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Logo of nihpaAbout Author manuscriptsSubmit a manuscriptHHS Public Access; Author Manuscript; Accepted for publication in peer reviewed journal;
J Biomol Struct Dyn. Author manuscript; available in PMC 2016 June 21.
Published in final edited form as:
J Biomol Struct Dyn. 2015; 33(Suppl 1): 14.
doi:  10.1080/07391102.2015.1032564
PMCID: PMC4915731

Interference of PNA Binding to the Non-Template Strand with Transcription Supports the General Model for Transcription Blockage by R-loop Formation

Transcription blockage can strongly affect various DNA and RNA transactions (reviewed in Hanawalt & Spivak, 2008; Belotserkovskii, Mirkin, & Hanawalt, 2013). Thus, it is of interest to study the various factors that can cause transcription blockage and to elucidate mechanisms of their action. Peptide Nucleic Acids (PNAs) are artificial DNA mimics with superior nucleic acid binding capabilities. The effect of PNA binding to the (GAA/CTT)n sequence within the transcribed DNA region upon T7 RNA polymerase transcription was studied in vitro. In the case of the PNA binding to the template strand, the blockage signals concentrated primarily in the narrow area close to the upstream flank of the PNA-bound sequence, consistent with the blockage being caused by RNA polymerase “bumping” into the PNA/DNA hybrid (Belotserkovskii, Liu, & Hanawalt, 2009). In contrast, for PNA binding to the non-template strand, a characteristic pattern of blockage signals was observed, extending downstream from the PNA binding site (Belotserkovskii and Hanawalt, 2014), similar to that produced by G-rich homopurine-homopyrimidine sequences (Belotserkovskii et al, 2010, 2013). This striking similarity between transcription blockage patterns caused by two seemingly unrelated factors suggests a common mechanism of blockage. This common mechanism likely involves R-loop formation, which is facilitated both by PNA binding to the non-template strand and by G-rich homopurine-homopyrimidine sequences, due to sequestration of the non-template strand or due to formation of an extra-stable RNA/DNA hybrid, respectively. We suggest that there is a general mechanism of transcription blockage by R-loop formation, which presumably involves destabilization of the transcription complex, making it more prone to spontaneous pausing or termination.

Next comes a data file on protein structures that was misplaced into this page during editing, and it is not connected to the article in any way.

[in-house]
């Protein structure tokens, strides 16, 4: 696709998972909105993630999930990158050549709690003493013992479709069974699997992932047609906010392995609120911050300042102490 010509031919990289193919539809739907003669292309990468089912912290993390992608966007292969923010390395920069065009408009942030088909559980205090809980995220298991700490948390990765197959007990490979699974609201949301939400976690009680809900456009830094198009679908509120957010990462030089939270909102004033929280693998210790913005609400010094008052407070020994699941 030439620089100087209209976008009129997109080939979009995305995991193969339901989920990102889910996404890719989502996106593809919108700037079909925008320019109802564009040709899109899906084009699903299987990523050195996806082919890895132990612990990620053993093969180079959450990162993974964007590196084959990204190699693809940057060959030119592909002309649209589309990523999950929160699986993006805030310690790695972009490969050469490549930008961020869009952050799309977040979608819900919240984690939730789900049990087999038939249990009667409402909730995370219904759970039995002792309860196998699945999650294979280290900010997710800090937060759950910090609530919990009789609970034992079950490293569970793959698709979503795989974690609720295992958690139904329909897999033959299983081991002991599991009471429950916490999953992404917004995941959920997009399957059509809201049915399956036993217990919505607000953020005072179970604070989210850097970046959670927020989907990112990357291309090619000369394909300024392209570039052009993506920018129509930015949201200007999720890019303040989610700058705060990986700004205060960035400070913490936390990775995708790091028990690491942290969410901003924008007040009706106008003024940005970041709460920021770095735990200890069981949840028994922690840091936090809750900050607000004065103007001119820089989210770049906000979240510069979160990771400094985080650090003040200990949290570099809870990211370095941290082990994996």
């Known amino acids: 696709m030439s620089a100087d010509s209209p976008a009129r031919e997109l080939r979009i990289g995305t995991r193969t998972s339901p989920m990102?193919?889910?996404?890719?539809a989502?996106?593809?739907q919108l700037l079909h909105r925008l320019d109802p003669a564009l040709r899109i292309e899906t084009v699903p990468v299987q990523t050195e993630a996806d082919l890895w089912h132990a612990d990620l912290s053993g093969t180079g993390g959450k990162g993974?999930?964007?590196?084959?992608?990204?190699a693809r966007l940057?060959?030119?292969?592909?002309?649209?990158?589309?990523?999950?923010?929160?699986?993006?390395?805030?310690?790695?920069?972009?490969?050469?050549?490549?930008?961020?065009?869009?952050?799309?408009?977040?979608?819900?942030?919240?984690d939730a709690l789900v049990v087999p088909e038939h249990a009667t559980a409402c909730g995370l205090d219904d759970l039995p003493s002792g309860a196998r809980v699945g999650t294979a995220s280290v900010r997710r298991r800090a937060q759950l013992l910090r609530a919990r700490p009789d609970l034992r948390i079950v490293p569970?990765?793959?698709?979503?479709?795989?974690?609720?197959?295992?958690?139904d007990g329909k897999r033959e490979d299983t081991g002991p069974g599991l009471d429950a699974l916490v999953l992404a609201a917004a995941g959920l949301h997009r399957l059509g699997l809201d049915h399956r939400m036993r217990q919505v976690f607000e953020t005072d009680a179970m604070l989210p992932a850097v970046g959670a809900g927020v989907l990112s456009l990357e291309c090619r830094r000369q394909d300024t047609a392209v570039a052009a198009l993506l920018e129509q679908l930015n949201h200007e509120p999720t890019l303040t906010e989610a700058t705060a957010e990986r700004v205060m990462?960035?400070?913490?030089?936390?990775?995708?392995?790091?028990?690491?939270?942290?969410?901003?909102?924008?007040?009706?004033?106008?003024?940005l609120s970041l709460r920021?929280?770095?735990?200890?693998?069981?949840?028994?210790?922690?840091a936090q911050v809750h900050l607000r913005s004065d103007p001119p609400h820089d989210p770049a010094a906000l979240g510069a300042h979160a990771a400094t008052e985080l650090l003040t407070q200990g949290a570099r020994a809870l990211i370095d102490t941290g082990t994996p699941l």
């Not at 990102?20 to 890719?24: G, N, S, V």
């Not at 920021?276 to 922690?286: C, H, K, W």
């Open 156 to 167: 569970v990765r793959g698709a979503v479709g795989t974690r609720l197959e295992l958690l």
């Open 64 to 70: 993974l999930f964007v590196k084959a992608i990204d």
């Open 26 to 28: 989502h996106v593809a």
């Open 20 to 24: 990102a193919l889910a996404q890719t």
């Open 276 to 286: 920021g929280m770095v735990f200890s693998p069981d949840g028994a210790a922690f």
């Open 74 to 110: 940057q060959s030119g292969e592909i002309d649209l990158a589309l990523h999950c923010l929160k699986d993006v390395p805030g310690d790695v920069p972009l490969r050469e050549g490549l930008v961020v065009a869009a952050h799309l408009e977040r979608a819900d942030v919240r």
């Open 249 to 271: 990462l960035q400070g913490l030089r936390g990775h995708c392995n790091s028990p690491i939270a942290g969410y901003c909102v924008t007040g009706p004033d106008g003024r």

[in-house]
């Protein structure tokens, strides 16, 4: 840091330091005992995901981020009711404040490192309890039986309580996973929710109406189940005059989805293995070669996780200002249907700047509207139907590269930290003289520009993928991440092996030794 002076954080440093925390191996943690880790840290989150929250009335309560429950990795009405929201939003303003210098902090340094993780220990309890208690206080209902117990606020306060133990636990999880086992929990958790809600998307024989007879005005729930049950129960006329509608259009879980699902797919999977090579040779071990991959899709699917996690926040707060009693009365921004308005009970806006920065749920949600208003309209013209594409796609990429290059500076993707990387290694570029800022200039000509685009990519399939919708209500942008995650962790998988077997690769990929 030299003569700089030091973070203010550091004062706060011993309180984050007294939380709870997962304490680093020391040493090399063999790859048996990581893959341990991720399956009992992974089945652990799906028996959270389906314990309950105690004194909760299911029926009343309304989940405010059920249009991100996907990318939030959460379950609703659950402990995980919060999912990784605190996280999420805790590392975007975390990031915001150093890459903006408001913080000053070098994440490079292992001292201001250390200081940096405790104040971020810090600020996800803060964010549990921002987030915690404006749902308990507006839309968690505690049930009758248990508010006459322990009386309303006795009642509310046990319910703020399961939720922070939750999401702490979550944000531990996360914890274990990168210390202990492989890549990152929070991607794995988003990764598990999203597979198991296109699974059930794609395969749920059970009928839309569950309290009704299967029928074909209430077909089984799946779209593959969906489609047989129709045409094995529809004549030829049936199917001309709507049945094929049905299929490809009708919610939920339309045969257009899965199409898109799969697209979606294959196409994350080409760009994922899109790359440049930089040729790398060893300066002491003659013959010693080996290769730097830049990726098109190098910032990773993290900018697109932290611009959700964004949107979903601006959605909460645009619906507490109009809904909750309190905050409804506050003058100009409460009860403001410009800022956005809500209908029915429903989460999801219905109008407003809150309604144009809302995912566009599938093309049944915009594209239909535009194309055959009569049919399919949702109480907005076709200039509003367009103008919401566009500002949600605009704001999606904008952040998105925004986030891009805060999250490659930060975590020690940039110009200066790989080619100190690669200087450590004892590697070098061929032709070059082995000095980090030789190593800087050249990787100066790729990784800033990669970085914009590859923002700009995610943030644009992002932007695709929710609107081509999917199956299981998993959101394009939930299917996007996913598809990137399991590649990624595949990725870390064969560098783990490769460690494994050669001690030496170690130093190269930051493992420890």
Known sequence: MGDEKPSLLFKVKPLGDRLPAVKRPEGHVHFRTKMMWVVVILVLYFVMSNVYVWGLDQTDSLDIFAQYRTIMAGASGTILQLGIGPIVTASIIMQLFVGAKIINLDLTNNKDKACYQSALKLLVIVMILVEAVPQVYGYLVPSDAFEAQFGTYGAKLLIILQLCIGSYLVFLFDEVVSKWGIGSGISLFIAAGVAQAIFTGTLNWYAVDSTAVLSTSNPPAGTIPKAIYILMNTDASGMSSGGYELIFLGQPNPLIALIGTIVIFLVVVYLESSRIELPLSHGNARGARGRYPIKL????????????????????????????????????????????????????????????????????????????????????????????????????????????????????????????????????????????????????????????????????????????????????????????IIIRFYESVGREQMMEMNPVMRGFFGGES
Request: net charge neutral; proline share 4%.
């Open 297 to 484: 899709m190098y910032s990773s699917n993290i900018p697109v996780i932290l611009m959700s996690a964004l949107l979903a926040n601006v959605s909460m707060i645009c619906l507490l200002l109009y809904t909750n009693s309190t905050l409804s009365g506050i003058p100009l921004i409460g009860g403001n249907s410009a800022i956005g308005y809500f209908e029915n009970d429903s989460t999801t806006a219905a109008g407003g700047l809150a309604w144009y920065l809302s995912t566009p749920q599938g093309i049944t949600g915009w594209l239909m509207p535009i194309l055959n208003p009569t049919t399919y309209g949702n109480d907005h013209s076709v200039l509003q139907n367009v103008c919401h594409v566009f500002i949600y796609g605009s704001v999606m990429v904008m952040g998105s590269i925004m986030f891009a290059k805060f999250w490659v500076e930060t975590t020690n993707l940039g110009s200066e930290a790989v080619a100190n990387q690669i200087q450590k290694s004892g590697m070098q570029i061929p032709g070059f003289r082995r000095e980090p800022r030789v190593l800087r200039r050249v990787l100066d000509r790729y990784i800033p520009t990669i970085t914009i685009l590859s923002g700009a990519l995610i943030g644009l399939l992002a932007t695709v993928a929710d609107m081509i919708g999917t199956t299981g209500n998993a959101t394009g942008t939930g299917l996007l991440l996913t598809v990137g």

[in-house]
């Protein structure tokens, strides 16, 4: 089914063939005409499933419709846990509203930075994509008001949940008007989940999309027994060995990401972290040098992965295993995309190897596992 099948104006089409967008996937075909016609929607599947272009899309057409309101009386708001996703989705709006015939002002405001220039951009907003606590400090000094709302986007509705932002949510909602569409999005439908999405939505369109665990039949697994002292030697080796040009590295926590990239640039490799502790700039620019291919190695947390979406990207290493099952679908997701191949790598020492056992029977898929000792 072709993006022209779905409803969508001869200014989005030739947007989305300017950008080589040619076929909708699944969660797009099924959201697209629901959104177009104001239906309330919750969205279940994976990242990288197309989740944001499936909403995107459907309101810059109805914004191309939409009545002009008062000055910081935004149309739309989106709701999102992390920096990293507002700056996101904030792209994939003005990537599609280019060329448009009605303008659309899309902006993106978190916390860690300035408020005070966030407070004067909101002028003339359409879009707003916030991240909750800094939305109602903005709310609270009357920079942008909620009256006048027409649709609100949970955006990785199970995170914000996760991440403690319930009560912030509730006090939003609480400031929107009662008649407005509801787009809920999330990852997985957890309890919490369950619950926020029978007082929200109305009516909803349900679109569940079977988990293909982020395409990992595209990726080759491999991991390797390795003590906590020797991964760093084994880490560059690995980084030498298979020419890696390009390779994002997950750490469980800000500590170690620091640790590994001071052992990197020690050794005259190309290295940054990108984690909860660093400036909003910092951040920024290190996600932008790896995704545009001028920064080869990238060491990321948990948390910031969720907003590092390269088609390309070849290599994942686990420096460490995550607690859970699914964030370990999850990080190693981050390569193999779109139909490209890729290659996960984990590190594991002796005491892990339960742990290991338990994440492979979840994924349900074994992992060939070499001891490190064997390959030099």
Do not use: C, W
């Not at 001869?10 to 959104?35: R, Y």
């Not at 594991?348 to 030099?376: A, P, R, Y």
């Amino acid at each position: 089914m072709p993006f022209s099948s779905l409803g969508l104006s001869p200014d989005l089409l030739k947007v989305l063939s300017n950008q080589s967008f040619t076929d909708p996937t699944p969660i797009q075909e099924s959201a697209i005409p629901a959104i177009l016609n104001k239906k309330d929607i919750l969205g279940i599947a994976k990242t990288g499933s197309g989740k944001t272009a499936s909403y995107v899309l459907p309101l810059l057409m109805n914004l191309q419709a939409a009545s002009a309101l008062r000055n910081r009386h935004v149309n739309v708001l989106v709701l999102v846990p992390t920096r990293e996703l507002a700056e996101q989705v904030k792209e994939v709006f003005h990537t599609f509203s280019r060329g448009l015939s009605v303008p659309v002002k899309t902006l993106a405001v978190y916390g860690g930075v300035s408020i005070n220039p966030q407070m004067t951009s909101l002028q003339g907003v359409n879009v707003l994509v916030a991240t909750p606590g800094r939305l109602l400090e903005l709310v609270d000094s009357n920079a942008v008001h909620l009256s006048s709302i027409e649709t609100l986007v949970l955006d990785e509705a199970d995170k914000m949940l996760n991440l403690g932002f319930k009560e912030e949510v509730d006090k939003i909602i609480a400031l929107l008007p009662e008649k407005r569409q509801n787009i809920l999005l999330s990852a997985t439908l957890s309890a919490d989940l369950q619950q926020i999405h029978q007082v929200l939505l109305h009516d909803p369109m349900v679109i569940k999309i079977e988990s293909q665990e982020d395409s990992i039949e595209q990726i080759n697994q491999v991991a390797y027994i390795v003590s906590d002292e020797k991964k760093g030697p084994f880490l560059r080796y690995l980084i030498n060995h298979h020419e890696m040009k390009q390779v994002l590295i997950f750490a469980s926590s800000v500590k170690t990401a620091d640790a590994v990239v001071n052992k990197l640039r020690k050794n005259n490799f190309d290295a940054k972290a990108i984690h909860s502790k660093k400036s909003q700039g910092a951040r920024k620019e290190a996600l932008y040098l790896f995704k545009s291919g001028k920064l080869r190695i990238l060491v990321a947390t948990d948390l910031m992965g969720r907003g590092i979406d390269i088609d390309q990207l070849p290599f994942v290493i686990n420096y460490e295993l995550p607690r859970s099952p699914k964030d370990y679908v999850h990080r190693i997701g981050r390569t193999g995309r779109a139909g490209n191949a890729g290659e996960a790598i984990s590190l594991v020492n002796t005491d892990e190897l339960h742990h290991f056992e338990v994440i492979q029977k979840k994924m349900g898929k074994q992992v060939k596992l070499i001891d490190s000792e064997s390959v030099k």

This research was supported by an NIH grant, CA077712, from the National Cancer Institute to P.C.H.


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